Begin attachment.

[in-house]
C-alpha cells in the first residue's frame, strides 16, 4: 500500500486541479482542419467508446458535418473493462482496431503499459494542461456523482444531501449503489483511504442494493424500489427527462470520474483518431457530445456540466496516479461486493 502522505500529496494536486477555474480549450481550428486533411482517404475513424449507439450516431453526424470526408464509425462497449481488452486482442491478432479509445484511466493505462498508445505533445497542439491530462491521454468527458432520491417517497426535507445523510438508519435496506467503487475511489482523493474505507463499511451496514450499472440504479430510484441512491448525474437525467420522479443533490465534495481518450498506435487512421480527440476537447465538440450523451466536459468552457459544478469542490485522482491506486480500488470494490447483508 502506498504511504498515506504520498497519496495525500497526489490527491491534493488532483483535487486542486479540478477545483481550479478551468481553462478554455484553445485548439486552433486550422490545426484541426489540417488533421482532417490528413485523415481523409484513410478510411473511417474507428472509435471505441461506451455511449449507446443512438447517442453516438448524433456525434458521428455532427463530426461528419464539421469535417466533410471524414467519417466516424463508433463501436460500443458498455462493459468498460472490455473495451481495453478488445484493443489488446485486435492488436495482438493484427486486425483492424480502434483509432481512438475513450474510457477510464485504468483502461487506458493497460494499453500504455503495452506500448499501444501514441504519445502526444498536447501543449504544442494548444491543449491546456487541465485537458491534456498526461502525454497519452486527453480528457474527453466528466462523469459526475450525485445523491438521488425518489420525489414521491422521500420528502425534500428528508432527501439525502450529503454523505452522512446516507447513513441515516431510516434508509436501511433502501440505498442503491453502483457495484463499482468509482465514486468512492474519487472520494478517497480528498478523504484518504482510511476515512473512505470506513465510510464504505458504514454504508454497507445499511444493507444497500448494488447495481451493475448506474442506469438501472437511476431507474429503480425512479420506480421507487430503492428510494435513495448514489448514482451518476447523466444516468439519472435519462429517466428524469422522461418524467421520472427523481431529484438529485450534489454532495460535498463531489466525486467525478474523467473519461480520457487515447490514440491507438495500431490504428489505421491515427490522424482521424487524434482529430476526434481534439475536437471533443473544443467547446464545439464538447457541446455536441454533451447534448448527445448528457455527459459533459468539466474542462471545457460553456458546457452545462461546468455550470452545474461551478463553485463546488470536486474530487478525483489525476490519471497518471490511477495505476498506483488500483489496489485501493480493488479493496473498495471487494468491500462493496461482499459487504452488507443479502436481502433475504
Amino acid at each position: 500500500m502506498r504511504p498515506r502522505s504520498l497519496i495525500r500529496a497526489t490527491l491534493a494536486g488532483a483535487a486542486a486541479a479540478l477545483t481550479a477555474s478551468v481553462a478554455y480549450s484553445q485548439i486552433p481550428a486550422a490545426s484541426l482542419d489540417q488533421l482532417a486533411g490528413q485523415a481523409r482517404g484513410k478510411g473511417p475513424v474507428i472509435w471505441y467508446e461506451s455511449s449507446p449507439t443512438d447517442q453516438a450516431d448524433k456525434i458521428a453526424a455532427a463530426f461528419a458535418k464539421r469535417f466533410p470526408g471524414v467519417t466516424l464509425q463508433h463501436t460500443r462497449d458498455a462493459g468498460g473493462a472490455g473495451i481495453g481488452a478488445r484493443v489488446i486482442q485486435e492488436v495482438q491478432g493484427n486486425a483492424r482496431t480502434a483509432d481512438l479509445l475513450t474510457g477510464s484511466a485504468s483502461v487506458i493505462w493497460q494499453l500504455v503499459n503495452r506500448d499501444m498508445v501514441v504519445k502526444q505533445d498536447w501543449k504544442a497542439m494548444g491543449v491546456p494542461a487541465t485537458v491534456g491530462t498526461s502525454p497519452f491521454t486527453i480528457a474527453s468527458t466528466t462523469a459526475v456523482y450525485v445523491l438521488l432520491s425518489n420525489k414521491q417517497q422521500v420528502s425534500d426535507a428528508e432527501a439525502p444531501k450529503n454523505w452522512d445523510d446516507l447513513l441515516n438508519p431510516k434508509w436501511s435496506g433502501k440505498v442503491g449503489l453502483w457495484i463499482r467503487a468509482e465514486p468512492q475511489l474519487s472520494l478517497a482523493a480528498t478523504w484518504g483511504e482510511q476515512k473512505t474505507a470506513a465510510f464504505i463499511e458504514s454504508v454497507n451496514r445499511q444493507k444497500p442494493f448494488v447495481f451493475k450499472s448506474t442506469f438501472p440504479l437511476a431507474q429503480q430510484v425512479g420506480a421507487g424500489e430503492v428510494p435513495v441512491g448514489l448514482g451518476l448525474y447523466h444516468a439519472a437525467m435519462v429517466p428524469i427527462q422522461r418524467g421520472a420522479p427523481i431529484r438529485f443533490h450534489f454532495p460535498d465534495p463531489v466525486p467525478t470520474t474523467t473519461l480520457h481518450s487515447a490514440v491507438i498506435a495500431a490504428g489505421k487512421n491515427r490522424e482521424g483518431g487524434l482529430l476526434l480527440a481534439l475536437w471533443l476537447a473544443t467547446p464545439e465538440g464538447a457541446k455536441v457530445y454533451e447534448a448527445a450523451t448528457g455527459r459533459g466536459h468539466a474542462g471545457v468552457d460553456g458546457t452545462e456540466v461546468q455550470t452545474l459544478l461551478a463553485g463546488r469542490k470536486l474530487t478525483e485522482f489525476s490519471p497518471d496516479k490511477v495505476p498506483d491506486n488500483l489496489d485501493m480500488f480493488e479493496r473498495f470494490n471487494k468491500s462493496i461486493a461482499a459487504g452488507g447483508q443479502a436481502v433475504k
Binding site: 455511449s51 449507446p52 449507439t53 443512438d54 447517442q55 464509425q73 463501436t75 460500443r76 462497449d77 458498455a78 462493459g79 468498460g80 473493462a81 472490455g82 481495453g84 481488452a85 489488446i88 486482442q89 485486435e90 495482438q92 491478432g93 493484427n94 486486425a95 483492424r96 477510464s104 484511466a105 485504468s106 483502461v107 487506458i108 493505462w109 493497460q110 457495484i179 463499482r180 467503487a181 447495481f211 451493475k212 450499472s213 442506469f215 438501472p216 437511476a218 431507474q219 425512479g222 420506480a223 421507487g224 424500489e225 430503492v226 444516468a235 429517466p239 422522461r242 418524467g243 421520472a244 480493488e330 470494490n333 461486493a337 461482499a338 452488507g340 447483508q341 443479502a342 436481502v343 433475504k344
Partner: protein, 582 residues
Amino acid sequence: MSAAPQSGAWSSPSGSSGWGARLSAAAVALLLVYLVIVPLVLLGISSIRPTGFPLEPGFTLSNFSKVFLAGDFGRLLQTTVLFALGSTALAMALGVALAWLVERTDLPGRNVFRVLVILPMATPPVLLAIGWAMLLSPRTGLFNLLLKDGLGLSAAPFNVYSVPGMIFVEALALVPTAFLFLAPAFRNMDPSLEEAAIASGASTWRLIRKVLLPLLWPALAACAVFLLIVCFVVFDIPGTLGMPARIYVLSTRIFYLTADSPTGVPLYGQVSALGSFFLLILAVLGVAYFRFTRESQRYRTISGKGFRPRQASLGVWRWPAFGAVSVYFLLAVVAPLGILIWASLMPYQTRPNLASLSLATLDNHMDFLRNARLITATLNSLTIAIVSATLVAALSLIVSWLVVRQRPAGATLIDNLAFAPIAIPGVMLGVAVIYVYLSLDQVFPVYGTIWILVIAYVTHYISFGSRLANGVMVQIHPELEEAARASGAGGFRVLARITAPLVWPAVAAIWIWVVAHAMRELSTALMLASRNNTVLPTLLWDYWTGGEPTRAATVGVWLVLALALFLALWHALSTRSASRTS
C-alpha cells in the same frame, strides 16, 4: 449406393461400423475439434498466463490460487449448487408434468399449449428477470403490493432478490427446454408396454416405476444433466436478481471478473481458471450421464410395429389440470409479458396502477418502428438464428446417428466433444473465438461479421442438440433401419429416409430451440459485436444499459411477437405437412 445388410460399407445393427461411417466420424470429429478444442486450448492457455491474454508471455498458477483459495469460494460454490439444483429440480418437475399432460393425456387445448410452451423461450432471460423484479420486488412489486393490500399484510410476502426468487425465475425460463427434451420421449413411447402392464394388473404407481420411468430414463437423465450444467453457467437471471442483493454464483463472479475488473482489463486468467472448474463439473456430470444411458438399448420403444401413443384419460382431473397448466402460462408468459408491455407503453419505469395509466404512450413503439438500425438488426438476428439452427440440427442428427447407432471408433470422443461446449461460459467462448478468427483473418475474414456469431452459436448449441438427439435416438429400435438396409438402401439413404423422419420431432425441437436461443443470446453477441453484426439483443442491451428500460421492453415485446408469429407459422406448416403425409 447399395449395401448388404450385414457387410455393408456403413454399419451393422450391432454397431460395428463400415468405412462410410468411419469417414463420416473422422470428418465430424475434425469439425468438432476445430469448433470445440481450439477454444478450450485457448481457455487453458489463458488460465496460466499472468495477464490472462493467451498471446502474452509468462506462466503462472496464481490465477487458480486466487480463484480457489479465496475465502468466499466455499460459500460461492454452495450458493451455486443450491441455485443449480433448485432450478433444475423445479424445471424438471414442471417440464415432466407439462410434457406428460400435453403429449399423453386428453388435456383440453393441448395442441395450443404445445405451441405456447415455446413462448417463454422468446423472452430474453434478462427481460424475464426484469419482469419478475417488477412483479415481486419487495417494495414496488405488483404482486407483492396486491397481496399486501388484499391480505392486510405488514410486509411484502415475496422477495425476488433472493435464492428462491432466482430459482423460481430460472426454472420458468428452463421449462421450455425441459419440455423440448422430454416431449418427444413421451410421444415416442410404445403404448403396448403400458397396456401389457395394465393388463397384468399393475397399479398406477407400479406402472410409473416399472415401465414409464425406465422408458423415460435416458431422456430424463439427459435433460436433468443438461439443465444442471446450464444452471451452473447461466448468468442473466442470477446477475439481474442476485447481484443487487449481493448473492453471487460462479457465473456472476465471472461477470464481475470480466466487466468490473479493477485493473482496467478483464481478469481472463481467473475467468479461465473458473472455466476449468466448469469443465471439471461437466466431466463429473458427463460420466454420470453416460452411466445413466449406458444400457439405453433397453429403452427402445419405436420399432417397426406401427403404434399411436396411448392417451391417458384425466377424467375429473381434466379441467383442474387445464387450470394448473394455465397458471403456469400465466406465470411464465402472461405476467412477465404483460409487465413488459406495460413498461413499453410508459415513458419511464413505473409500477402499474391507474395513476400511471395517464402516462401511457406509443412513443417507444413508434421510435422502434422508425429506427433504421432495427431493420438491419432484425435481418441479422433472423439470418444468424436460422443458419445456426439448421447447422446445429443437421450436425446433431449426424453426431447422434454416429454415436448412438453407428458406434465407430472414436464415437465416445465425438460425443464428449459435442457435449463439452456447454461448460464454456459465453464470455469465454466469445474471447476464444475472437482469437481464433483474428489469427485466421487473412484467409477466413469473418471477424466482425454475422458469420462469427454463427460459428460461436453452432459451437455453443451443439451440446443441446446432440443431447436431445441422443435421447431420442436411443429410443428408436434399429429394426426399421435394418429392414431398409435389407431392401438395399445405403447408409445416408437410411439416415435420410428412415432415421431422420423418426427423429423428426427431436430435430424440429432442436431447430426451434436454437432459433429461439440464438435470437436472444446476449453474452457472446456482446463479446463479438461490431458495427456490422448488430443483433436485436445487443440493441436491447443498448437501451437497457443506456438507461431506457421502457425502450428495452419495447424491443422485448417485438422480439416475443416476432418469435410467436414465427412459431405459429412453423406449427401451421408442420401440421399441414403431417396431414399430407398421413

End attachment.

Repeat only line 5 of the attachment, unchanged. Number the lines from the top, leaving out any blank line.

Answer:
Partner: protein, 582 residues